Cambodian PM lowers growth forecast to 6 pct this year due to external factors

Cambodian Prime Minister Samdech Techo Hun Sen on Tuesday lowered the country's economic growth forecast to around 6 percent this year from its earlier projection of 6.5 percent, due to external shocks.

"It's impossible to achieve the earlier forecast of 6.5 percent (this year) based on the real situation, but we can achieve around 6 percent," he said in a speech during a university graduation ceremony here.

The kingdom's economy traditionally relies on garment exports, tourism, real estate and construction, and agriculture.

The European Commission (EC)'s recent decision on the partial withdrawal of Everything But Arms (EBA) trade preferences from Cambodia is a factor contributing to the growth slowdown this year.

The EC decided on Feb. 12 to withdraw part of the tariff preferences given to Cambodia under the EBA trade scheme due to the alleged violations of human rights. The partial withdrawal of tariff preferences will affect selected garment and footwear products, and all travel goods and sugar.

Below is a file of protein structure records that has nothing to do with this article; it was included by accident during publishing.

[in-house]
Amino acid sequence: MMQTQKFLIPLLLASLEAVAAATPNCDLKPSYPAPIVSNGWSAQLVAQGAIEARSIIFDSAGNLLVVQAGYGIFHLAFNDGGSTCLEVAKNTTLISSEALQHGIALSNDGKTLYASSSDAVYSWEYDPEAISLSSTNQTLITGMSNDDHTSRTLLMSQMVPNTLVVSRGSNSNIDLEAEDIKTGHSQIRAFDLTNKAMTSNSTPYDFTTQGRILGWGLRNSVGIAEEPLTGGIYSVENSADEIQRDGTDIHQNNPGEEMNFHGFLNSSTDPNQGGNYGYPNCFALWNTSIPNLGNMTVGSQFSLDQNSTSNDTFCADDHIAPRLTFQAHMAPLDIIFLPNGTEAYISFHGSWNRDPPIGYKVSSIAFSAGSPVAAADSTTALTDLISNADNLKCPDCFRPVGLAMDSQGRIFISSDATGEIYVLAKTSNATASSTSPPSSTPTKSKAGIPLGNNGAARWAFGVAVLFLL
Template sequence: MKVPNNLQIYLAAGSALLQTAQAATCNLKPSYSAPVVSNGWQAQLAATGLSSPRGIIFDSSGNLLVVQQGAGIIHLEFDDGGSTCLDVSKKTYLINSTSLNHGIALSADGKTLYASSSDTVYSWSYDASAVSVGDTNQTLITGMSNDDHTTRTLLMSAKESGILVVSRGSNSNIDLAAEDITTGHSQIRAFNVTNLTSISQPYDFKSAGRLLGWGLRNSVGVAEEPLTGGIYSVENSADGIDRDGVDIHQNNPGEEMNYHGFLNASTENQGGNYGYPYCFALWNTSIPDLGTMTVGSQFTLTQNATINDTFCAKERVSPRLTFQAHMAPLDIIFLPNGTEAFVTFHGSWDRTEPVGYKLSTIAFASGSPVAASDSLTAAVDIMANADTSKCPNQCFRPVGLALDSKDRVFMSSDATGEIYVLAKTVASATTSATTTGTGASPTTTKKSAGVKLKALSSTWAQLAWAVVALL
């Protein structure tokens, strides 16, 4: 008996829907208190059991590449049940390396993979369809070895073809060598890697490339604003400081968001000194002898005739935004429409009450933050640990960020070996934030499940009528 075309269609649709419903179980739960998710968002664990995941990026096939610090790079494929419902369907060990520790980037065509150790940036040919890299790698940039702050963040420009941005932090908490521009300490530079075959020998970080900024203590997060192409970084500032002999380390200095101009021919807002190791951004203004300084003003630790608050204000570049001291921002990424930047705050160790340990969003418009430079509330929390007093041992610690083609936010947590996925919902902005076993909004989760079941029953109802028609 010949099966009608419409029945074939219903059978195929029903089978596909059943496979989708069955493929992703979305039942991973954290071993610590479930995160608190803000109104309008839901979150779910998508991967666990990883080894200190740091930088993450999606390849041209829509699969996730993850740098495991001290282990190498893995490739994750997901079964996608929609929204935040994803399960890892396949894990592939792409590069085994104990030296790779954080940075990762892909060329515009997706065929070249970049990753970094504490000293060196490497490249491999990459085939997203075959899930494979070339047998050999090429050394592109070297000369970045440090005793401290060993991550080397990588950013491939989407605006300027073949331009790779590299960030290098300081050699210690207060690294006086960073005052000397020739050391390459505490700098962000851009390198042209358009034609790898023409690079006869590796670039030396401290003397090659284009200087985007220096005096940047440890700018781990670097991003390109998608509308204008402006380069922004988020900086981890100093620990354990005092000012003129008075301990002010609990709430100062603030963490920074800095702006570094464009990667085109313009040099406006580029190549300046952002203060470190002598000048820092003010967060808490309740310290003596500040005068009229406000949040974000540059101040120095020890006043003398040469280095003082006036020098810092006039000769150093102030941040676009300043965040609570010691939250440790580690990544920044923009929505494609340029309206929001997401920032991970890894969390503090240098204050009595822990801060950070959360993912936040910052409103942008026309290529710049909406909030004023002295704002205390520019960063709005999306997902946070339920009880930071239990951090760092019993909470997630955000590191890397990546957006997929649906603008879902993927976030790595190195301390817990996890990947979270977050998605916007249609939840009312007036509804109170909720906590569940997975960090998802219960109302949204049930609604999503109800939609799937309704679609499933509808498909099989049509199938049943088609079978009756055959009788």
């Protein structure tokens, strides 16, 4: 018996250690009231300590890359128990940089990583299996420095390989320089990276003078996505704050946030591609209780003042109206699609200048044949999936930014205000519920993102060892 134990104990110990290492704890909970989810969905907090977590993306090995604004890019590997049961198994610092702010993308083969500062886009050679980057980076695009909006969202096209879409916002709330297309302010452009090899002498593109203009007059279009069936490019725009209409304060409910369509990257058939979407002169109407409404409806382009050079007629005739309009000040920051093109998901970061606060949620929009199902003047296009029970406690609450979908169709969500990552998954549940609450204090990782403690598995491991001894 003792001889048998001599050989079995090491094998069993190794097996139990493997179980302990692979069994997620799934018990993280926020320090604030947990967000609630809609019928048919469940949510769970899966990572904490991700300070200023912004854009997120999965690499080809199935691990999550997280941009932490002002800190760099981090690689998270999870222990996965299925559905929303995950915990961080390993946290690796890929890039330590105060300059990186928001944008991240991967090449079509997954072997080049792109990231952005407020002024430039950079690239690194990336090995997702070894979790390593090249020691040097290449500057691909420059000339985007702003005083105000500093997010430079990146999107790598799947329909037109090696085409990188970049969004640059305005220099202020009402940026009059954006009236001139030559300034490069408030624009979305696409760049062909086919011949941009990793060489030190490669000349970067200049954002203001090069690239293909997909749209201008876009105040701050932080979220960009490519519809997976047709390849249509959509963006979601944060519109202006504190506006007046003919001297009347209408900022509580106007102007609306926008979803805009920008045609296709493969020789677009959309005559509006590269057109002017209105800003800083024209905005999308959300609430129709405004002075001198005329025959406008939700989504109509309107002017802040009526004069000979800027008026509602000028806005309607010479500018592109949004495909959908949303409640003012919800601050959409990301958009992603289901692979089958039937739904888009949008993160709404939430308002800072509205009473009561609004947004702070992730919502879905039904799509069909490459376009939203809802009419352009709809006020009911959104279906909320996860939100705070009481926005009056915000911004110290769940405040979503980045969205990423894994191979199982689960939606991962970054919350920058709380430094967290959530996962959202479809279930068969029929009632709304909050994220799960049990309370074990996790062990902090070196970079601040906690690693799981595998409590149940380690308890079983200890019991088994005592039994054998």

The withdrawal amounts to around one-fifth or 1 billion euros (1.09 billion U.S. dollars) of Cambodia's yearly exports to the EU, and the decision will take effect on Aug. 12 unless the European Parliament and the Council object, according to the EC's statement.

With this partial suspension, Cambodia will be required to pay 20 percent tax for exports to the European market with 80 percent of the items still being exempt from tax, Hun Sen said on Monday during a press conference.

He said the assessment of 20 percent tax on exports amounts to about 100 million U.S. dollars a year.

The EU is Cambodia's largest trading partner, accounting for 45 percent of Cambodian exports in 2018.

As a Least Developed Country, Cambodia has, for two decades, enjoyed exports of all products, except arms and ammunition, to the EU market with duty-free and quota-free.

Cambodia's export to EU was valued at 5.86 billion U.S. dollars in 2018, an EU data showed, adding that garment and footwear products represented around three quarters of EU imports from the country.

Source: China ASEAN Business Council